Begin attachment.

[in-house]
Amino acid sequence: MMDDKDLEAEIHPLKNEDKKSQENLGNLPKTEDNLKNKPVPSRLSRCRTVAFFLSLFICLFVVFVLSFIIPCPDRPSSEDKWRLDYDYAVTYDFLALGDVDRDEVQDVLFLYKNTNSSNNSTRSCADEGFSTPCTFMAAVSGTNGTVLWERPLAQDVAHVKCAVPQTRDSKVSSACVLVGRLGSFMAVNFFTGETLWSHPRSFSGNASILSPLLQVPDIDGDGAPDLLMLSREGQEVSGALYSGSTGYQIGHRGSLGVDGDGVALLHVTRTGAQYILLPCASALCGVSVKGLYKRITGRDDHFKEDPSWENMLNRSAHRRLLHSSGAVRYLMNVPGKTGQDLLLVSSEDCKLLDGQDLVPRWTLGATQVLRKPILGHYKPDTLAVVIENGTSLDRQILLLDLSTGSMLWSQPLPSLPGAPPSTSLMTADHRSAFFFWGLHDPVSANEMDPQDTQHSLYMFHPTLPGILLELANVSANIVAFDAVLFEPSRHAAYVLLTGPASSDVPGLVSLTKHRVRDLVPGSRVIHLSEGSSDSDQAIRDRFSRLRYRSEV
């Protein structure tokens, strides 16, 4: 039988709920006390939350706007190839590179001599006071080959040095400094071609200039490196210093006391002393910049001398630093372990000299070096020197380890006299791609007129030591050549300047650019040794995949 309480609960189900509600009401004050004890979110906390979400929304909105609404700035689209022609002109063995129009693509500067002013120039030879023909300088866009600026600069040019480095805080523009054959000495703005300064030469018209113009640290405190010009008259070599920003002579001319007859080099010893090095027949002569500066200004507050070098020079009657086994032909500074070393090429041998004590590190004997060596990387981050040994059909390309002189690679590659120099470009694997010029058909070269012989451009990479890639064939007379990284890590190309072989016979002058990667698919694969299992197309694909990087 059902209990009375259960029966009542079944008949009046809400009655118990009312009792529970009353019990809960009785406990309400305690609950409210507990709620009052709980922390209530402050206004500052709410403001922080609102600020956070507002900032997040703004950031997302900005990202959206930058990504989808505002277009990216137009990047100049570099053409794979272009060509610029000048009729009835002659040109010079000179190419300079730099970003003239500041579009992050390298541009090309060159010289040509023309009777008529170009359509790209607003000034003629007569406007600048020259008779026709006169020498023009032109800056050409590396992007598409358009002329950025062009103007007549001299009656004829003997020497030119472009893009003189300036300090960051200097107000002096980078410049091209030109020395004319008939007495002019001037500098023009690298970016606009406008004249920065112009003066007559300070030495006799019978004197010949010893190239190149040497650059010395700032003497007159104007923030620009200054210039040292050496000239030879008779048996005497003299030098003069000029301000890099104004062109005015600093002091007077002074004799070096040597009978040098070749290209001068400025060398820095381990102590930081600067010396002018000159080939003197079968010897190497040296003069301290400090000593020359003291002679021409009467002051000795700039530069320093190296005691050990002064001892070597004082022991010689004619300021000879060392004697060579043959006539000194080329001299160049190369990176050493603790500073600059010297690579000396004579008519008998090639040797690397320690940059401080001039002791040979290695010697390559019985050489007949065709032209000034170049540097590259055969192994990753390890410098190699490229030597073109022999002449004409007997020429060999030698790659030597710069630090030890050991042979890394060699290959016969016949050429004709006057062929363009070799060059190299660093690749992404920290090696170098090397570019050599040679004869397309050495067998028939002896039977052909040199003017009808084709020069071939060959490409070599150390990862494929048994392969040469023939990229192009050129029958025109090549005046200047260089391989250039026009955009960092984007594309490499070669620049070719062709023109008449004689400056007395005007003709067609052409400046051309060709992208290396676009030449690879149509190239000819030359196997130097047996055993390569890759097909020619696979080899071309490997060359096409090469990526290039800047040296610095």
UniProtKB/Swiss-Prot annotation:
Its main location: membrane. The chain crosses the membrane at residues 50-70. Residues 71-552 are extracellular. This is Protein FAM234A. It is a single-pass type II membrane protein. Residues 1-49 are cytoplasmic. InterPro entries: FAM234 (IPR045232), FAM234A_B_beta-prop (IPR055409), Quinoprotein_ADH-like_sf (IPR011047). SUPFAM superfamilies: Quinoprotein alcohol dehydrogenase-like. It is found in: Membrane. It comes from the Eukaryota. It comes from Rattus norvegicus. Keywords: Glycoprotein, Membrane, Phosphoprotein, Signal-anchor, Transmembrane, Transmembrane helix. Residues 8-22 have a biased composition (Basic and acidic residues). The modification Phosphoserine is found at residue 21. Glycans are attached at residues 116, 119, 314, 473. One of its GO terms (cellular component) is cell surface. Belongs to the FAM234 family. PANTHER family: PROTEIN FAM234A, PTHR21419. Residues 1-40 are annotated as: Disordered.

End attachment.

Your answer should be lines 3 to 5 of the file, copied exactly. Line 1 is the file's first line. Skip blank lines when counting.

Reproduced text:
């Protein structure tokens, strides 16, 4: 039988709920006390939350706007190839590179001599006071080959040095400094071609200039490196210093006391002393910049001398630093372990000299070096020197380890006299791609007129030591050549300047650019040794995949 309480609960189900509600009401004050004890979110906390979400929304909105609404700035689209022609002109063995129009693509500067002013120039030879023909300088866009600026600069040019480095805080523009054959000495703005300064030469018209113009640290405190010009008259070599920003002579001319007859080099010893090095027949002569500066200004507050070098020079009657086994032909500074070393090429041998004590590190004997060596990387981050040994059909390309002189690679590659120099470009694997010029058909070269012989451009990479890639064939007379990284890590190309072989016979002058990667698919694969299992197309694909990087 059902209990009375259960029966009542079944008949009046809400009655118990009312009792529970009353019990809960009785406990309400305690609950409210507990709620009052709980922390209530402050206004500052709410403001922080609102600020956070507002900032997040703004950031997302900005990202959206930058990504989808505002277009990216137009990047100049570099053409794979272009060509610029000048009729009835002659040109010079000179190419300079730099970003003239500041579009992050390298541009090309060159010289040509023309009777008529170009359509790209607003000034003629007569406007600048020259008779026709006169020498023009032109800056050409590396992007598409358009002329950025062009103007007549001299009656004829003997020497030119472009893009003189300036300090960051200097107000002096980078410049091209030109020395004319008939007495002019001037500098023009690298970016606009406008004249920065112009003066007559300070030495006799019978004197010949010893190239190149040497650059010395700032003497007159104007923030620009200054210039040292050496000239030879008779048996005497003299030098003069000029301000890099104004062109005015600093002091007077002074004799070096040597009978040098070749290209001068400025060398820095381990102590930081600067010396002018000159080939003197079968010897190497040296003069301290400090000593020359003291002679021409009467002051000795700039530069320093190296005691050990002064001892070597004082022991010689004619300021000879060392004697060579043959006539000194080329001299160049190369990176050493603790500073600059010297690579000396004579008519008998090639040797690397320690940059401080001039002791040979290695010697390559019985050489007949065709032209000034170049540097590259055969192994990753390890410098190699490229030597073109022999002449004409007997020429060999030698790659030597710069630090030890050991042979890394060699290959016969016949050429004709006057062929363009070799060059190299660093690749992404920290090696170098090397570019050599040679004869397309050495067998028939002896039977052909040199003017009808084709020069071939060959490409070599150390990862494929048994392969040469023939990229192009050129029958025109090549005046200047260089391989250039026009955009960092984007594309490499070669620049070719062709023109008449004689400056007395005007003709067609052409400046051309060709992208290396676009030449690879149509190239000819030359196997130097047996055993390569890759097909020619696979080899071309490997060359096409090469990526290039800047040296610095």
UniProtKB/Swiss-Prot annotation:
Its main location: membrane. The chain crosses the membrane at residues 50-70. Residues 71-552 are extracellular. This is Protein FAM234A. It is a single-pass type II membrane protein. Residues 1-49 are cytoplasmic. InterPro entries: FAM234 (IPR045232), FAM234A_B_beta-prop (IPR055409), Quinoprotein_ADH-like_sf (IPR011047). SUPFAM superfamilies: Quinoprotein alcohol dehydrogenase-like. It is found in: Membrane. It comes from the Eukaryota. It comes from Rattus norvegicus. Keywords: Glycoprotein, Membrane, Phosphoprotein, Signal-anchor, Transmembrane, Transmembrane helix. Residues 8-22 have a biased composition (Basic and acidic residues). The modification Phosphoserine is found at residue 21. Glycans are attached at residues 116, 119, 314, 473. One of its GO terms (cellular component) is cell surface. Belongs to the FAM234 family. PANTHER family: PROTEIN FAM234A, PTHR21419. Residues 1-40 are annotated as: Disordered.